“We heard from many investors that getting more active in the sector isn't worth the headache given low weighting in respective indexes relative to the volatility,” Raymond James analysts said. “The past several years of consistent energy under performance have only reinforced that view.”
Shareholders want E&Ps to “show me the money...I'll believe it when I see it,” when discussing capital discipline, free cash flow and shareholder returns.
Beyond the E&P sector, Evercore ISI analysts led by James West said there are signs of stabilization within the oilfield services (OFS) sector.
“Moving past the weather impact in the first quarter, utilization levels within the OFS sector have improved for completion-oriented service lines,” West said. Pricing also has stabilized, partly on improving activity levels and more capital discipline.
Meanwhile, the U.S. land rig count has begun to stabilize as the pace of declines slows.
“We would expect rig count growth will start to emerge in the next few weeks, driven by private operators spending capex as commodity prices have moved higher from the start of the year,” West said. “However, we still believe that the end of 2019 will be impacted by budget exhaustion like the industry experienced in 2018.”
A lot of the onshore rig count decline has been driven by private E&Ps, which quickly responded to the oil price meltdown late last year.
“Now that commodity prices have moved higher in 2019, there is much debate around how private operators will respond,” West said. “These companies are not under the same mandate to maintain capital discipline like public E&P companies...But we still think that the market will closely watch what the privates will do as the year progresses.”
Of the 430 or so rigs operating in the biggest activity center, the Permian, around 140 of late have been operated by privates.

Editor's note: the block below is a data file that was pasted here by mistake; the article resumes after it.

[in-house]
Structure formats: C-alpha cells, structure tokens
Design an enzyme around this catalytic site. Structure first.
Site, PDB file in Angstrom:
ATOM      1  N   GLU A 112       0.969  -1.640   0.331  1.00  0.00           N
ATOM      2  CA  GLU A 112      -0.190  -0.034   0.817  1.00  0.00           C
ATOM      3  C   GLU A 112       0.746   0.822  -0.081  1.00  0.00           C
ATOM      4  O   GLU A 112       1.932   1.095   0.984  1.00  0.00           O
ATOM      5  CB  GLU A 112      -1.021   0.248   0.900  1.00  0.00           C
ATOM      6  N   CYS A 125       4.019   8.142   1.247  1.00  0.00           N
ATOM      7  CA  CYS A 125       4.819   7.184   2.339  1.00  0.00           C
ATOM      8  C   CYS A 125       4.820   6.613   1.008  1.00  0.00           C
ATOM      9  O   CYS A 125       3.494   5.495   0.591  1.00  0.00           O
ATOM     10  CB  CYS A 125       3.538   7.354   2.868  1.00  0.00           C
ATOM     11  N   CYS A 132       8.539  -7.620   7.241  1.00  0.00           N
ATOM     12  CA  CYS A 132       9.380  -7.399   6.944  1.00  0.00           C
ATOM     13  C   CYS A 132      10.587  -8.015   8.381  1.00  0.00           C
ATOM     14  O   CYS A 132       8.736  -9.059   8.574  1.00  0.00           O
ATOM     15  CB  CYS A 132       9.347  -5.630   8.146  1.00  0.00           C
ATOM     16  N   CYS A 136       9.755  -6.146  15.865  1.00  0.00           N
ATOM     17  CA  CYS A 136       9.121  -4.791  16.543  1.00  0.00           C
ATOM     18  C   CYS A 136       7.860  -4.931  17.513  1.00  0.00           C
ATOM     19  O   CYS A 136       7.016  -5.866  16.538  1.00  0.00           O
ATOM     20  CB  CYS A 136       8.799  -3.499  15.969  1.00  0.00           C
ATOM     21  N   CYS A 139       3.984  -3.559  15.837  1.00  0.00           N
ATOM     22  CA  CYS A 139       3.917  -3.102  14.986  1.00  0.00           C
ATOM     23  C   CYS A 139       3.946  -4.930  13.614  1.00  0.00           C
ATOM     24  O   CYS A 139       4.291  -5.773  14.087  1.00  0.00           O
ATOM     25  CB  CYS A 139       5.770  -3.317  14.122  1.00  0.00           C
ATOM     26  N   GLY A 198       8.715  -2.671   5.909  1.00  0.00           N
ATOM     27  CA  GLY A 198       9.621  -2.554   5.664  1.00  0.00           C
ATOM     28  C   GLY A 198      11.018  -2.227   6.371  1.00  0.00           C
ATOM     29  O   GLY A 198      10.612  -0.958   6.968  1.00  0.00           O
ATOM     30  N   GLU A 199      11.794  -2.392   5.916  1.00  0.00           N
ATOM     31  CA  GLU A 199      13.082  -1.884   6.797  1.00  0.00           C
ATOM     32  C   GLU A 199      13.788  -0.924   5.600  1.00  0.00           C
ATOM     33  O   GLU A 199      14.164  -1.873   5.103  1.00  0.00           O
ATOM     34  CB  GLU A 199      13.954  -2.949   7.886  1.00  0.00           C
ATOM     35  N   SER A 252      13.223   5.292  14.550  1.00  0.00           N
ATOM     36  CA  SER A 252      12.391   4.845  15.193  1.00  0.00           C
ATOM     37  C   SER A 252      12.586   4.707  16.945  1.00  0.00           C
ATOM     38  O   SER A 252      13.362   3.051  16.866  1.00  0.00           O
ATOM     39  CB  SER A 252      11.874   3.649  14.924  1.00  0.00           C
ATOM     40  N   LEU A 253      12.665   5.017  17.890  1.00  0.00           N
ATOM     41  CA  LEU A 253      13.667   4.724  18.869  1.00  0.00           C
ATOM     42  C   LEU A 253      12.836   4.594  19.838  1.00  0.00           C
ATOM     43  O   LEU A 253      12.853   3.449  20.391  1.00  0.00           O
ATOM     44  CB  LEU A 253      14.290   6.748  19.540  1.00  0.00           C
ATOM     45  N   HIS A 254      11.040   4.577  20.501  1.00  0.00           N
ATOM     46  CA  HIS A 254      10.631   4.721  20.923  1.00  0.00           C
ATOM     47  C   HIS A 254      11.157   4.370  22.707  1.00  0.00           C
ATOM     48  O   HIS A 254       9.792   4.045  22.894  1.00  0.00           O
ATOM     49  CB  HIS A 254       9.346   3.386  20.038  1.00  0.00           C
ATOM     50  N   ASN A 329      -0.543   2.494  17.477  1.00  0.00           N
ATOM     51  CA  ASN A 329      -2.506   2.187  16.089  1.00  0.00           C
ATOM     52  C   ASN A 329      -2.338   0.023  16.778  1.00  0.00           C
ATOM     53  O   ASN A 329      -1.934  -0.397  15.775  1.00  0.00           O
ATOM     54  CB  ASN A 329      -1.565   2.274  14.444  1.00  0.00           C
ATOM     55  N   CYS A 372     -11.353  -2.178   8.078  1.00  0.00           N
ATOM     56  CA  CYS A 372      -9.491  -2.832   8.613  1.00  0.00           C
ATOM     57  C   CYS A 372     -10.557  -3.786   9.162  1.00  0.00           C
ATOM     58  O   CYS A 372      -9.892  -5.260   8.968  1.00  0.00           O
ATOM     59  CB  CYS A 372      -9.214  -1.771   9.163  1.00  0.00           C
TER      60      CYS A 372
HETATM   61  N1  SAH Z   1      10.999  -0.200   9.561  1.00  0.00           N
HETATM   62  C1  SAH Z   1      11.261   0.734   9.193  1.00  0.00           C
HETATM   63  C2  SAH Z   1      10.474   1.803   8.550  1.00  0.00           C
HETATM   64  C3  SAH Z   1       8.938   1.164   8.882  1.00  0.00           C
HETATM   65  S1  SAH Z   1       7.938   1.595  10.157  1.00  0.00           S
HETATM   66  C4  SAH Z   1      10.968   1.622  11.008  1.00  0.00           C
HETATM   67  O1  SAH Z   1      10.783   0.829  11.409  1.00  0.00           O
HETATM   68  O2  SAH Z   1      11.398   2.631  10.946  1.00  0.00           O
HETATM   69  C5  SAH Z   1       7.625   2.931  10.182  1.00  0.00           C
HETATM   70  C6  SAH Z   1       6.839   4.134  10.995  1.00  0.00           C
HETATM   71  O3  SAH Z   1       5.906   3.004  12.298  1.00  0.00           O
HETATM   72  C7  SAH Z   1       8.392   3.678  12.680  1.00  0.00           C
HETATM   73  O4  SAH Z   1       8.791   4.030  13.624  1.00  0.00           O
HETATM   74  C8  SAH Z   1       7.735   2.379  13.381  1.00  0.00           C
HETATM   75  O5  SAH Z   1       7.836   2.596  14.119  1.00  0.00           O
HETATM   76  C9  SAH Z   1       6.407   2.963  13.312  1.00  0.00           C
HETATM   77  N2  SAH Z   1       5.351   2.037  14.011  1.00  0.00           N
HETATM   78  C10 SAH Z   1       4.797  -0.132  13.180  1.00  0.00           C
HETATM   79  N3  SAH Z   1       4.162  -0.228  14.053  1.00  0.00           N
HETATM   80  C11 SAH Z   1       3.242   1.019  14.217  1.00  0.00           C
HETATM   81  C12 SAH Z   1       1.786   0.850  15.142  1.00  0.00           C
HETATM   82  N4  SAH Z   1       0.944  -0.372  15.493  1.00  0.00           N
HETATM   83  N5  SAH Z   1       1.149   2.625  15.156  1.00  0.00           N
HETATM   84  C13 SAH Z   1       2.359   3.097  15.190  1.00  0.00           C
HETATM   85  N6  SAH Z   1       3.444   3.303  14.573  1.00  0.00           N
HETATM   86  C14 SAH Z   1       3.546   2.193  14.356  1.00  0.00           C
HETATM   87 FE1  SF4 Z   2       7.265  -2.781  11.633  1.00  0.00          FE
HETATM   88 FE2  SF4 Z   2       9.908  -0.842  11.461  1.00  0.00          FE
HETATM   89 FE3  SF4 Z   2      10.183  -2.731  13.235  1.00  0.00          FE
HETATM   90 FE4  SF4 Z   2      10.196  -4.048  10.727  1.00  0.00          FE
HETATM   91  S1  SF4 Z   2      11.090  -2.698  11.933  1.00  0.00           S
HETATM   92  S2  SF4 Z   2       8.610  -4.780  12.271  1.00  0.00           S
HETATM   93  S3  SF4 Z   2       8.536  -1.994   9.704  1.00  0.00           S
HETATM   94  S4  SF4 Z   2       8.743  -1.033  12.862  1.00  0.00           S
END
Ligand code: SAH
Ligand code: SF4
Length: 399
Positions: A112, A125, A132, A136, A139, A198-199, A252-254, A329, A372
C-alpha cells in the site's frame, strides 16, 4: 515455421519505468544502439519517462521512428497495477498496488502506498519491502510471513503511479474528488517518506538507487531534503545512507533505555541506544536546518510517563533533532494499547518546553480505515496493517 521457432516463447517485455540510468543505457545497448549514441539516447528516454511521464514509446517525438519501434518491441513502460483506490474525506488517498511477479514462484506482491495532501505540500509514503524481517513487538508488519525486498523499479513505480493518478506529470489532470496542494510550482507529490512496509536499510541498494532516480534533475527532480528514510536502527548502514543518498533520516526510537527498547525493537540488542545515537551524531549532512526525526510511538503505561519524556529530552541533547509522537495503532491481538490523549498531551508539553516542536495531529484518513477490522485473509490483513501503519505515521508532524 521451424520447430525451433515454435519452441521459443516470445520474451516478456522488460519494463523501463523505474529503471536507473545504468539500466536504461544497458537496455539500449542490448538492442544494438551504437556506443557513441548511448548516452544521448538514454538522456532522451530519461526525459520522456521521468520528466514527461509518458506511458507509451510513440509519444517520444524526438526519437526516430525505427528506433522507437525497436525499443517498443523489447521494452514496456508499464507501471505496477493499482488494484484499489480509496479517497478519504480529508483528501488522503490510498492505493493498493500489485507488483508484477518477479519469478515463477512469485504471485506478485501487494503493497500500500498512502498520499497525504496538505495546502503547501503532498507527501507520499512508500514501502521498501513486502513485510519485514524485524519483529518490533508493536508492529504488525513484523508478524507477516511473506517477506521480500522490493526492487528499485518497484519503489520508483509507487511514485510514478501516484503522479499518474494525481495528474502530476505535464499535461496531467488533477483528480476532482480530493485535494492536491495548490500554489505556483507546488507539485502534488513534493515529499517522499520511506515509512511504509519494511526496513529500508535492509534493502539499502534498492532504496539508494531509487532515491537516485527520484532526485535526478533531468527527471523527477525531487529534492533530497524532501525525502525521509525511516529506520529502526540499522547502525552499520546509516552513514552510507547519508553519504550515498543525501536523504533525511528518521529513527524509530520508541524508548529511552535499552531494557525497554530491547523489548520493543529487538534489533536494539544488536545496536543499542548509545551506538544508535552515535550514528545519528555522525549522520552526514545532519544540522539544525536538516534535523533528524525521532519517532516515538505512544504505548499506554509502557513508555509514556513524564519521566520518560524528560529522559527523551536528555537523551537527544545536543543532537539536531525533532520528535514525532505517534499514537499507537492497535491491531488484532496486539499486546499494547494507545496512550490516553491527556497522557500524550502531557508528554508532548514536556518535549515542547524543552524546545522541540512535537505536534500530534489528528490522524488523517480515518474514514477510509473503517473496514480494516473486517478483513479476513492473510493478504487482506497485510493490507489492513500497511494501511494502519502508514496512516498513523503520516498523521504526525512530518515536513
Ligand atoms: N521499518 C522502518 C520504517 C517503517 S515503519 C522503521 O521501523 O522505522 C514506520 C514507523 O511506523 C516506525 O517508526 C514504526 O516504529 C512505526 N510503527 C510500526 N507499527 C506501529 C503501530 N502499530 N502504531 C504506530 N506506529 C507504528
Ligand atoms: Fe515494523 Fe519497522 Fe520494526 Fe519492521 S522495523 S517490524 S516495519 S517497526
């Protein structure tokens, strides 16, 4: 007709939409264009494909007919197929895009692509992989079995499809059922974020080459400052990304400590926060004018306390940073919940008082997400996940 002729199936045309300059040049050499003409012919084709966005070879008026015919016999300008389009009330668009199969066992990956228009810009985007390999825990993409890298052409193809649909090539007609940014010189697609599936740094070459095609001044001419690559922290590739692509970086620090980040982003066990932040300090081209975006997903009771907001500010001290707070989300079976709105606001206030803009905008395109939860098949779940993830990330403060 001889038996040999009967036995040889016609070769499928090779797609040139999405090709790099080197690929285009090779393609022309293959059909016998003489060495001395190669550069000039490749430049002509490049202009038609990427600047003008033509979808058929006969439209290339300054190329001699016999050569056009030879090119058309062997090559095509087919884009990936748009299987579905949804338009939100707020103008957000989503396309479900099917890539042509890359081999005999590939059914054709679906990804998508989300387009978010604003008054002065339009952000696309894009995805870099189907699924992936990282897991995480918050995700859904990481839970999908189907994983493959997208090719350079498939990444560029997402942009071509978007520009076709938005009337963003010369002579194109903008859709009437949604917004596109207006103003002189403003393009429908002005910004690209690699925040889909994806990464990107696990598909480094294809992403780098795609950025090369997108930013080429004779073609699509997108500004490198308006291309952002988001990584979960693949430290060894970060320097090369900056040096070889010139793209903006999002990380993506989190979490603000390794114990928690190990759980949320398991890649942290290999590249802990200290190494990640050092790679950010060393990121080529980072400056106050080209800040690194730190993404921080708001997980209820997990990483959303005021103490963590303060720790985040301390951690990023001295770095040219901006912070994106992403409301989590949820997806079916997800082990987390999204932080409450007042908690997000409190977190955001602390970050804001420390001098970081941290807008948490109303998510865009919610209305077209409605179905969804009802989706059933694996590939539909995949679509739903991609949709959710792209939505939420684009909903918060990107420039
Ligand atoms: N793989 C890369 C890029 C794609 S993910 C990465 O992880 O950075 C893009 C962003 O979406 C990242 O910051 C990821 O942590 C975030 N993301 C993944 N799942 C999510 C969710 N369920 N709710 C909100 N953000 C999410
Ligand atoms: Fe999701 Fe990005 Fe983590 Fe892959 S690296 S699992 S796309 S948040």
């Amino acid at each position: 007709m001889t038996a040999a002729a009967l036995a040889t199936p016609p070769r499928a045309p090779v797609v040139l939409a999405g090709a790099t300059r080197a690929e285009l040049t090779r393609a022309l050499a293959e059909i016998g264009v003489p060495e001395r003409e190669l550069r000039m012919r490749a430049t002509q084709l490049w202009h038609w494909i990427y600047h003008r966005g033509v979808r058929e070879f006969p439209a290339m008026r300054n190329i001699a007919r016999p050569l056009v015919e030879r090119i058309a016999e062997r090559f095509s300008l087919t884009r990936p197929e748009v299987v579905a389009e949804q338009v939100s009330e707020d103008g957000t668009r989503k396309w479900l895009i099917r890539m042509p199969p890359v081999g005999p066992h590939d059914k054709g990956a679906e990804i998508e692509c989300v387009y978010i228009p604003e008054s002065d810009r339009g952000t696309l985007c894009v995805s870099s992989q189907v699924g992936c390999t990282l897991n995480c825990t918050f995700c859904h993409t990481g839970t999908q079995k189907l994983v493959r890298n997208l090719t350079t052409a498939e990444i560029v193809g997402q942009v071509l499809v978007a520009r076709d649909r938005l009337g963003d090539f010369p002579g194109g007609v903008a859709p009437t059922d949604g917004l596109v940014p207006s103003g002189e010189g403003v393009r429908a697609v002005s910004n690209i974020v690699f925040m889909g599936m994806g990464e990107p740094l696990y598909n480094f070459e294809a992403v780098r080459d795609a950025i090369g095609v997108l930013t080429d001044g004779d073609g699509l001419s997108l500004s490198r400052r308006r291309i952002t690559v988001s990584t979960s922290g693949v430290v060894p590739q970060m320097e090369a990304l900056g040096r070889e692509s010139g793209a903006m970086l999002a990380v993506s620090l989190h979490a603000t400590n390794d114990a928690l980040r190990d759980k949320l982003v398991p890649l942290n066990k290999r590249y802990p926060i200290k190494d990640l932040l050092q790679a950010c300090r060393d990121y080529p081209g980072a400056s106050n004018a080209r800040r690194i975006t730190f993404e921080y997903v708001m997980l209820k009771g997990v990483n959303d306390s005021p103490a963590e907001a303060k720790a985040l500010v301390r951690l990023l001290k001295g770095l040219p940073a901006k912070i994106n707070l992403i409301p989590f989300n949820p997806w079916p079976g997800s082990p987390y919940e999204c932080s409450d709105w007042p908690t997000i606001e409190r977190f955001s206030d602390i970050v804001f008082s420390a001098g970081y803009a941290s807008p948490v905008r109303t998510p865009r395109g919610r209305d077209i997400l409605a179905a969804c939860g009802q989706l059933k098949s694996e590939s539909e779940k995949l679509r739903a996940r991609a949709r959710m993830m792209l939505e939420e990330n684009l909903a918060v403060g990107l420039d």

Even with the decline in rigs, dayrates for the top-of-the-line, super specs continue to hold.
“We believe dayrates will continue to hold up, especially as the rig count starts to increase in the next few weeks,” West said. “So far in 2019, average monthly dayrate growth has been 0.50%. In the 1,500-1,999 hp rig category, dayrates have increased approximately $700 point-to-point from the December 2018 average to the April 2018 average. In addition, 1,500 hp rigs continue to take market share.”
Completions activity is picking up, which could mean “slightly better days ahead” for the fracture sand subsector. Still, Evercore’s team is struggling to envision a scenario where pricing recovers materially. Cash from operations should trend higher in 2Q2019, and combined with lower capex “should result in excess cash for paying down debt and funding stock buybacks.”
Evercore’s view matches that of other analysts, who recently said fracture sand providers face a supply and demand imbalance that could pressure prices into the foreseeable future.
For the natural gas liquids (NGL) segment, BofA Merrill Lynch Global Research analysts noted that liquids prices have not participated in the oil price rally to date this year. High stocks have made it difficult for prices to keep pace with oil, forcing NGLs to compete for market share in the petrochemical market.
Realized NGL prices fell to a two-year low of roughly $18/bbl in 1Q2019, and prices are forecast to be even lower for 2Q2019.
“Unfortunately, feedstock price competition determines which of the NGLs are consumed, but does not increase total demand and therefore does not alleviate the broader NGL glut,” analysts noted.
New ethylene crackers scheduled to enter service later this year could consume 330,000 b/d of ethane, according to BofA Merrill Lynch. In addition, 275,000 b/d of propane and butane export capacity on the Gulf Coast is expected online in 3Q2019.
NGL production growth likely will decelerate in 2020 to 380,000 b/d, near the five-year average growth rate but less than the 580,000 b/d expected this year.
Meanwhile, analysts said, planned NGL export capacity additions from the Northeast via Mariner East could re-direct liquids barrels from the Conway hub, “indirectly easing pressure on Gulf Coast liquids.”
However, with no cracker projects in 2020 and the “next wave” of Gulf Coast export capacity additions not coming before the second half of 2020, “the NGL market might have to send a stronger message to producers to help balance the market.”
If NGL prices remain depressed at 1Q2019 levels through 2019, U.S. E&P revenues, excluding hedges, could decline by around 2%, according to BofA Merrill Lynch.
“In an effort to juggle capex and distributions within the confines of cash flow, producers may be forced to limit upstream spending,” analysts said. “Alternatively, producers may reallocate capital to acreage that is less exposed to NGLs. Either way, NGL supply growth likely needs to slow down.”